While away the Old Year passes, snow has drifted, up to most people’s asses, or just above my knees, and the flakes are still falling as darkness settles in, just a tad later than it did yesterday. With a long night ahead, and nothing to do tomorrow but move more snow, this is as good a time as any to
inflict upon present to you a look back at the year that was 2012, here at Fish in a Barrel Pond. I do this not because I think you’ll enjoy some misty-eyed reflection but because, if I know my readers, some of you weren’t paying attention the first time around. I also know it’s the kind of thing that bothers Mike at Troutrageous! to no end.
January was nearly half over before the year’s first post appeared, in which I received a package from Sweden and shared another story not about fishing (See “A Package from Sweden and Another Story Not About Fishing“). I will post a review of the DVD in that package one of these days, but I’ll tell you now that I liked it and it was sent to me by an especially notorious character, Marc Fauvet, Master of the Limp Cobra.
(Speaking of cobras, the man in the Story Not About Fishing once tipped over backwards in his office chair, which is interesting to begin with because it means there was a chair that didn’t collapse catastrophically beneath his bulk before it had a chance to even think about tipping over. Four of us watched it happen but there was no way to stop it without someone getting crushed. Stuff fell off the walls when he hit the floor and the Styrofoam cups on his heavy wooden desk spilled their coffee all over his Important Papers. We wanted to help him, right then and there, but he bellowed at us to leave him the hell alone so we ran. He was still mad at us from the day before, when we had maneuvered him onto the platform of the big drive-on freight scale in the shipping barn. One by one we had stepped off, leaving him there by himself so we could see just how much he really weighed and we almost got away with it, too, but someone gasped when the indicator on the scale settled down, and when Robbie saw what was going on he flew into a rage. Now, it was a day later and he was on his back, stuck in a chair (the impact really wedged him in there good) between the wall and his impossibly huge mahogany desk, turning purple and screaming at us as we tripped over ourselves trying to leave. We were, after all, working for the world’s largest importer/exporter of exotic animals and knew very well that when something the size of Robbie goes down it is sometimes best to just get the heck out of there and let the situation sort itself out. We did sneak back in a few times to check on him before he finally rolled onto his belly and got to his feet, but we spent the rest of the day in shifts, one of us posted by the door, with a tranquilizer gun and a pair of heavy-duty winches. You know, just in case.)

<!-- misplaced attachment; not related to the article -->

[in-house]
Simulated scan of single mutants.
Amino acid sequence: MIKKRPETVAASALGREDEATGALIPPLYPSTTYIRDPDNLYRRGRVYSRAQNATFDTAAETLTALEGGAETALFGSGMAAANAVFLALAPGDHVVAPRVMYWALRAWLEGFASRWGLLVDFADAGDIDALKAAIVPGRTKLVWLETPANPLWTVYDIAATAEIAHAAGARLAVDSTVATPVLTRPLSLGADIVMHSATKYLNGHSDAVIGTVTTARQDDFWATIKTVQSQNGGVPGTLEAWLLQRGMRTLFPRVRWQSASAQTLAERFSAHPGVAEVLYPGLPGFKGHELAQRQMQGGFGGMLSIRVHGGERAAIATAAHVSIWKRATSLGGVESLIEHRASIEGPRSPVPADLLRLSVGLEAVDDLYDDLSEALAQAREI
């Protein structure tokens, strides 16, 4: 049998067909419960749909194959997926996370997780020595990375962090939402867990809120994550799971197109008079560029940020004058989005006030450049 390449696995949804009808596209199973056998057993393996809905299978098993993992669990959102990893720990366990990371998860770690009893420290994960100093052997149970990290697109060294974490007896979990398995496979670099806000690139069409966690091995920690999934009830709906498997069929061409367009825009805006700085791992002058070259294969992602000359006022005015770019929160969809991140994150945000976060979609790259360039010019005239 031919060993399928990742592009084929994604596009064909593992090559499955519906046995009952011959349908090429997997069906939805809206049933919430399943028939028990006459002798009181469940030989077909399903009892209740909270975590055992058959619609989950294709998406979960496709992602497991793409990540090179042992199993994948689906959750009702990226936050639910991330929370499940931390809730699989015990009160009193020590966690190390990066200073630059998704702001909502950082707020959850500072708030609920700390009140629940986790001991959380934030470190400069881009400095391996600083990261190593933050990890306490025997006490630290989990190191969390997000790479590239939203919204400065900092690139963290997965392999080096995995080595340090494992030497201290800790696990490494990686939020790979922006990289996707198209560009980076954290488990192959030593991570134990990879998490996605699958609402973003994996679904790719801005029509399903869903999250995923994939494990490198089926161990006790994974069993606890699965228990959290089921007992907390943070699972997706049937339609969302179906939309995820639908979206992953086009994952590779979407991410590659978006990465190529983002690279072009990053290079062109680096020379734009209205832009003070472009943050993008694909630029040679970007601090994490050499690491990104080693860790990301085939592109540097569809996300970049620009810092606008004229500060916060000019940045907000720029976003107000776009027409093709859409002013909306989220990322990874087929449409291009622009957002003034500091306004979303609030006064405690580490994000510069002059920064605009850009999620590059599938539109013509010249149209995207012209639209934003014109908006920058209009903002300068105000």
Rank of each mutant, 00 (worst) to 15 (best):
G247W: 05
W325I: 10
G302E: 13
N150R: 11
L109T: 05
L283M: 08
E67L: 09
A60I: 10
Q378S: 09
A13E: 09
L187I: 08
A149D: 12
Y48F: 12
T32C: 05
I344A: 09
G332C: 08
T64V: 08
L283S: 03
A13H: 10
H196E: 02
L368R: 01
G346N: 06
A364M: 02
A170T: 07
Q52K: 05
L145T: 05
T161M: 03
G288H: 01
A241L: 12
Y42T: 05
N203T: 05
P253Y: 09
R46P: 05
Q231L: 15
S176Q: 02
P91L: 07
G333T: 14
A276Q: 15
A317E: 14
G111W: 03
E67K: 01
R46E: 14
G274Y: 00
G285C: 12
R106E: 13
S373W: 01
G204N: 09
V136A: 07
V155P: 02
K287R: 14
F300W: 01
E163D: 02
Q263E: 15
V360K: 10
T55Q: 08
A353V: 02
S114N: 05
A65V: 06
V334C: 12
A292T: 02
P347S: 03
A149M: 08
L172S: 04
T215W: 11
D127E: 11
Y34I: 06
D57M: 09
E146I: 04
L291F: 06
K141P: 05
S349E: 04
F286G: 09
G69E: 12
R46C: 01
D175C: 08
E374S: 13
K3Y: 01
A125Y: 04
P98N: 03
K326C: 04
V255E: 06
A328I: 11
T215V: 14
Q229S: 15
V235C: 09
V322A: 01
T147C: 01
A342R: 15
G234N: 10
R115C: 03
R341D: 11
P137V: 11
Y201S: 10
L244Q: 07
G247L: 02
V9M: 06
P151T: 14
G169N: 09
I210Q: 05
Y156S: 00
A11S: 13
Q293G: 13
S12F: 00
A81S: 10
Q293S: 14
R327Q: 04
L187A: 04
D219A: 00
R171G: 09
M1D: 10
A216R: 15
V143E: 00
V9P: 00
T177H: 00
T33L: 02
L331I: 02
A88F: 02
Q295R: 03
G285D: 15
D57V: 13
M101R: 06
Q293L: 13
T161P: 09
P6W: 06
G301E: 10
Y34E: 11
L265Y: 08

The rest of the first month of 2012 included video of wind-whipped Snow Wraiths, litter bugs from New Jersey, a delightful poetic interlude, some interesting ice, a visit to the frostiest place I know, and I posted a piece about the pursuit of perfection on The Backcountry Journal.